Republicans Expand Vouchers Statewide
Despite promises and denials, budget amendment applies beyond Racine
After all, out-of-state voucher backers have poured millions into favored candidates' campaigns over the years; Gov. Scott Walker and his fellow Republicans are big fans of pumping taxpayer money into private and religious schools with little state oversight; and state leaders of national voucher groups include Scott Jensen and John Gard, two former Republican legislative leaders.
So the question was never if Republicans would expand voucher schools, but just how far they would take it.
And according to the details of a late-night amendment slipped into the state budget, Republicans are going to take it very far indeed—to every corner of the state.
The budget amendment was promoted as a way to expand voucher schools into Racine—something that had been promised by state Rep. Robin Vos (R-Burlington), the co-chair of the Joint Finance Committee—while removing Green Bay from the program's potential expansion following objections over that city's inclusion.
But upon closer inspection the amendment actually paves the way for voucher expansion to moderately sized cities throughout the state, including West Allis, Appleton, Madison, La Crosse, Eau Claire, Sheboygan and Superior.
Vos and Senate President Mike Ellis (R-Neenah) have promised to clean up the amendment's language in a separate bill and single out only Racine for vouchers, though that easily could have been done last week. Walker's spokesman promised that the governor would not use his line-item veto powers to play with the budget's wording and immediately expand vouchers statewide.
Middle-Income Families Can Receive Vouchers
Expanding vouchers beyond the city limits of Milwaukee isn't the only change Republicans made in the budget, which passed on party-line votes in both houses of the state Legislature.
The budget also increases a family's income eligibility for vouchers, which originally had been offered only to Milwaukee's lower-income families. Previously, a family of four would have to earn less than $39,113 to be eligible for the Milwaukee Parental Choice Program (MPCP).
Thanks to the new budget, however, a family of four headed by a single parent could earn up to $67,050 to qualify for vouchers; a family of four with two parents could earn up to $74,050 to qualify.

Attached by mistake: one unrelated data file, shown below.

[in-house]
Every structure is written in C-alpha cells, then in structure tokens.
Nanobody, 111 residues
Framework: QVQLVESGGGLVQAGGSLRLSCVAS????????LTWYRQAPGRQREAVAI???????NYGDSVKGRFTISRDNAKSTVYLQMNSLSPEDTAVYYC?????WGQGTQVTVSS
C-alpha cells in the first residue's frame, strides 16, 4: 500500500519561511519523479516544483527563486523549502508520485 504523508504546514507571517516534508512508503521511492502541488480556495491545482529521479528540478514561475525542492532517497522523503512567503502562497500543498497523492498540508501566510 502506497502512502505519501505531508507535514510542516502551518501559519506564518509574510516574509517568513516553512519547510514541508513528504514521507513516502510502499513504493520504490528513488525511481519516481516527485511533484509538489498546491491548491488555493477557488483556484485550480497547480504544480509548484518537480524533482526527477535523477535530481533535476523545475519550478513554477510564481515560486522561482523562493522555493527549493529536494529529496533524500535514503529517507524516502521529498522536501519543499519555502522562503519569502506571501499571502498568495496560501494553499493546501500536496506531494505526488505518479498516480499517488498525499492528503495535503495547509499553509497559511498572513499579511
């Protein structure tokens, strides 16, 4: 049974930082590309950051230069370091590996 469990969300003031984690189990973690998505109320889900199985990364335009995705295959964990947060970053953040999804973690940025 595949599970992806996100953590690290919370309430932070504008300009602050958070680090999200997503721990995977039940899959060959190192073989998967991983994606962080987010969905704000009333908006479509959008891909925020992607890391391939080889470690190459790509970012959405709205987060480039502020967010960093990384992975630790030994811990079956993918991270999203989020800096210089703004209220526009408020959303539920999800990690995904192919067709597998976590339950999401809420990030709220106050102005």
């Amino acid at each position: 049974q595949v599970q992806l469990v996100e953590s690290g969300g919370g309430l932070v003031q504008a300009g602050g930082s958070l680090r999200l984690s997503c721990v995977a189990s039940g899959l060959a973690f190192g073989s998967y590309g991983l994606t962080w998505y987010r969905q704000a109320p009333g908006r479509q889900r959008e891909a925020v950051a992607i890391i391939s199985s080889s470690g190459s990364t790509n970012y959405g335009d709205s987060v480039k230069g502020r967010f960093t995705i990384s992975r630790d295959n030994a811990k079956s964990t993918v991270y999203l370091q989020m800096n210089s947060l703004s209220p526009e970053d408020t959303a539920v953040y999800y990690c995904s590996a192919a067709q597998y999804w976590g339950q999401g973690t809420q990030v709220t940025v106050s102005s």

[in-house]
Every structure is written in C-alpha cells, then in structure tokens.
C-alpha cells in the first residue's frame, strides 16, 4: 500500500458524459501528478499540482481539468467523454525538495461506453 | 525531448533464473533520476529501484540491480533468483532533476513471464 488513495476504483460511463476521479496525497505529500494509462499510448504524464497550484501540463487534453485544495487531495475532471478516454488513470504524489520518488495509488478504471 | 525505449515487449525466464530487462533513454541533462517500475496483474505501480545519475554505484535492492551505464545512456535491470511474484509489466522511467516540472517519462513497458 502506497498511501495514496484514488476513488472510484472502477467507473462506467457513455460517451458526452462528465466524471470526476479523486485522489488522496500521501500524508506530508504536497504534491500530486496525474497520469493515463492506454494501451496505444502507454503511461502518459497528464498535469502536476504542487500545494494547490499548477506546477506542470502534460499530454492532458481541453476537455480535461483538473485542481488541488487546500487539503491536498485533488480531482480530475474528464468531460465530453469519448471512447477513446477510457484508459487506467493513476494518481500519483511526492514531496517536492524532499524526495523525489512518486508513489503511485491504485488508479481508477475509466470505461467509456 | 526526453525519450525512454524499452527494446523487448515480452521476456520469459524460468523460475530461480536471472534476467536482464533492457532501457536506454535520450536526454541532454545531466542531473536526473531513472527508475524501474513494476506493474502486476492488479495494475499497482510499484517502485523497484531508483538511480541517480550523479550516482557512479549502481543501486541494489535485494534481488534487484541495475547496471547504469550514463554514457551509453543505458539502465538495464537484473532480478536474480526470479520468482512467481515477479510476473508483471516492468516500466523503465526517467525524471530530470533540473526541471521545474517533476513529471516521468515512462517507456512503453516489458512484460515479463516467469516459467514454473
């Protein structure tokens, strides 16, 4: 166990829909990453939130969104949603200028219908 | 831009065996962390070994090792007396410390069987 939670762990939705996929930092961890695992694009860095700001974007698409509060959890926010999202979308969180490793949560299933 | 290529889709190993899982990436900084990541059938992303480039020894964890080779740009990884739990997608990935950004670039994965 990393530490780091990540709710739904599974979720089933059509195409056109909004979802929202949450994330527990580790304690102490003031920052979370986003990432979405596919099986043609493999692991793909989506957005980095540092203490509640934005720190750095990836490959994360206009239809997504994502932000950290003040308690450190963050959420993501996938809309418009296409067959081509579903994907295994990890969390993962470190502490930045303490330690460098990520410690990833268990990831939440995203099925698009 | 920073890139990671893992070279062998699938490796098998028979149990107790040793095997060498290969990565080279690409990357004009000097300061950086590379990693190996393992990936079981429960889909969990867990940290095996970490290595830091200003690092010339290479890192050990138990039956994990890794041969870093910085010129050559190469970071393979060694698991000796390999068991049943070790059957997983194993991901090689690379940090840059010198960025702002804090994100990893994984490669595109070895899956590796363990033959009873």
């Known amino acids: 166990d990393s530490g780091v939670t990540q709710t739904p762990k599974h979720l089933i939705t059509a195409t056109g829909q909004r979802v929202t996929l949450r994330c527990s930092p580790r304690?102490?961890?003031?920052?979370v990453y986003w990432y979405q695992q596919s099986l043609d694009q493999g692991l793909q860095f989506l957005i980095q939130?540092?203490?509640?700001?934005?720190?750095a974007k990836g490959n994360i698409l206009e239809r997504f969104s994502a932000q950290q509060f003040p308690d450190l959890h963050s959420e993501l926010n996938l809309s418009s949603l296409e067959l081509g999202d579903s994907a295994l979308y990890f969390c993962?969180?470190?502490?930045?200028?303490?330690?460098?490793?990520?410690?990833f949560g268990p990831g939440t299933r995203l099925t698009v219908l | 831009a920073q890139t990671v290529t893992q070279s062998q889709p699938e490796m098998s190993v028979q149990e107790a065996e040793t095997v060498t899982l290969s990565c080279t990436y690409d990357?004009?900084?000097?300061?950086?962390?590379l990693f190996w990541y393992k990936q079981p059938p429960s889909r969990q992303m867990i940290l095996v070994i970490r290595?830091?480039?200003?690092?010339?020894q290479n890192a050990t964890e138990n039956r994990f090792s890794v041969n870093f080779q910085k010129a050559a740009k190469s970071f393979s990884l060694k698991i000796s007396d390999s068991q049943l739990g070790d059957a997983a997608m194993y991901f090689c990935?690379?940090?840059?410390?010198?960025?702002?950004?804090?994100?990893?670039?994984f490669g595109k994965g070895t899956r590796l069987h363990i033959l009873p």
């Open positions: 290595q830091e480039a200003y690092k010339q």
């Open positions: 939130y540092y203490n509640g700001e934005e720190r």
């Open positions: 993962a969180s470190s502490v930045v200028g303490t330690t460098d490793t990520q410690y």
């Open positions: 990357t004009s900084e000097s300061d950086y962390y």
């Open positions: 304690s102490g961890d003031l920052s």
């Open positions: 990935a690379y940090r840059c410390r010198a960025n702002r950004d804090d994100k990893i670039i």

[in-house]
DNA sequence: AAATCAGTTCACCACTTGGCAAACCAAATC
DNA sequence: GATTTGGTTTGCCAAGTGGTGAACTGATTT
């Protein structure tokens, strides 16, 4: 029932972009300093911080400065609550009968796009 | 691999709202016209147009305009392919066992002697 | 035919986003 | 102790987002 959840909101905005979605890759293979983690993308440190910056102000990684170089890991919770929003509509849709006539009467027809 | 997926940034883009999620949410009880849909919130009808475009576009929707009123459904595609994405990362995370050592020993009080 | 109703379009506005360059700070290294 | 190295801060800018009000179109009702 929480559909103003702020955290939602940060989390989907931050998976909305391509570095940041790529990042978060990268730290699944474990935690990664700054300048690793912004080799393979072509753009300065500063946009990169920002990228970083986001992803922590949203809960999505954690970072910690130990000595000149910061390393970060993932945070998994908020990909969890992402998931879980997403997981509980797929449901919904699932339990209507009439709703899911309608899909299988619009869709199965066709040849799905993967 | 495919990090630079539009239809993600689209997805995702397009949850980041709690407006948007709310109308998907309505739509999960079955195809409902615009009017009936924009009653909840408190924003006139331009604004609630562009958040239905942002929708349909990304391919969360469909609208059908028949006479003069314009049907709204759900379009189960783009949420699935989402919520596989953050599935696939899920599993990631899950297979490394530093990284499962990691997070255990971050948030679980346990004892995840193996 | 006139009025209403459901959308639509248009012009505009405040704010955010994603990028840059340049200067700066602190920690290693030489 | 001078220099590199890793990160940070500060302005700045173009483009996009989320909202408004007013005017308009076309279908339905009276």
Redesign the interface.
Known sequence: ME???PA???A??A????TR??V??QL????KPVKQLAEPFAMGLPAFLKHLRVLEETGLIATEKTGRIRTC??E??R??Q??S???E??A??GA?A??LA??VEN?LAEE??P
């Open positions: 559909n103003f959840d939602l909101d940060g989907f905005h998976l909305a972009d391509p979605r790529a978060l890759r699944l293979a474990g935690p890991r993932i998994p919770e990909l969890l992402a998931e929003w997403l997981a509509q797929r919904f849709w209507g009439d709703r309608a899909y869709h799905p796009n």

The budget also eliminates the enrollment cap on MPCP.
In addition, any religious or private school in the state is now eligible to take voucher students from Milwaukee.
State Superintendent Tony Evers blasted the voucher program's expansion statewide at the same time Republican lawmakers have slashed $1.6 billion from funding for public education.
“There have been no public hearings, nor disclosure of these plans,” Evers said in a sharply worded statement after the amendment's passage in the state Assembly.
But Betsy DeVos, head of the Washington, D.C.-based pro-privatization group American Federation for Children—which has a long history of meddling in Wisconsin elections and now employs former Republican Assembly Speaker Scott Jensen—had nothing but praise for the voucher expansion.
“We thank the leadership in the Legislature for delivering this victory to low- and middle-income families across Wisconsin,” DeVos wrote in a press release.
A Serious Legal Challenge
While Republicans are eagerly repaying their campaign donors for their support over the years, a coalition of civil rights groups has filed suit in federal court over the MPCP's failure to adequately include and educate children with disabilities.
The groups allege that since 83% of students in voucher schools pay their tuition with taxpayer-funded vouchers, these allegedly private schools are really public schools that must adhere to anti-discrimination laws.
These private schools currently discriminate against students with disabilities, the suit alleges. While almost 20% of the Milwaukee Public Schools' (MPS) student population has at least one disability, only 1.6% of voucher schools' students have a disability. The statewide average is 14.3%.
“Wisconsin's creation, implementation and expansion of a private school voucher program in Milwaukee has resulted in a dual system of education in the city,” the suit argues. “There is essentially one option for students with disabilities: MPS. Students without disabilities have a publicly funded 'choice': They can attend private schools with a publicly funded voucher or choose to stay in public schools.”
The suit was brought by the American Civil Liberties Union (ACLU) Foundation Racial Justice Program, ACLU of Wisconsin Foundation, Disability Rights Wisconsin, and parents whose children with disabilities were turned down by a voucher school or expelled from a voucher school after a disability was discovered.
Voucher supporters have played down the seriousness of the suit's allegations, saying that voucher schools admit more students with disabilities than the state recognizes and that efforts to increase state funding for voucher students with disabilities hasn't been supported by voucher opponents.